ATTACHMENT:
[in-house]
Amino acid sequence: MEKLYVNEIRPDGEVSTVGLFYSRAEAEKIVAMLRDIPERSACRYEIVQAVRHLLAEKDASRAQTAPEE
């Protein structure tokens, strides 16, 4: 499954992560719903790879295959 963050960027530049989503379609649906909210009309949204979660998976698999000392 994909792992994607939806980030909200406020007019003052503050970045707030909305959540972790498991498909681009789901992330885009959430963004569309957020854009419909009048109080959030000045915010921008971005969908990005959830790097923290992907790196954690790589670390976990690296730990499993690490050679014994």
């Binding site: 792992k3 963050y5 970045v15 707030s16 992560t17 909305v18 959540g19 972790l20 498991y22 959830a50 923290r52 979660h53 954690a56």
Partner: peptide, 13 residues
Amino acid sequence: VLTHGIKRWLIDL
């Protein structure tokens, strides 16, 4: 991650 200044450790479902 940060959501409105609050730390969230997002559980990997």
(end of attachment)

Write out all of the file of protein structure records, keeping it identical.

[in-house]
Amino acid sequence: MEKLYVNEIRPDGEVSTVGLFYSRAEAEKIVAMLRDIPERSACRYEIVQAVRHLLAEKDASRAQTAPEE
């Protein structure tokens, strides 16, 4: 499954992560719903790879295959 963050960027530049989503379609649906909210009309949204979660998976698999000392 994909792992994607939806980030909200406020007019003052503050970045707030909305959540972790498991498909681009789901992330885009959430963004569309957020854009419909009048109080959030000045915010921008971005969908990005959830790097923290992907790196954690790589670390976990690296730990499993690490050679014994």
């Binding site: 792992k3 963050y5 970045v15 707030s16 992560t17 909305v18 959540g19 972790l20 498991y22 959830a50 923290r52 979660h53 954690a56």
Partner: peptide, 13 residues
Amino acid sequence: VLTHGIKRWLIDL
């Protein structure tokens, strides 16, 4: 991650 200044450790479902 940060959501409105609050730390969230997002559980990997």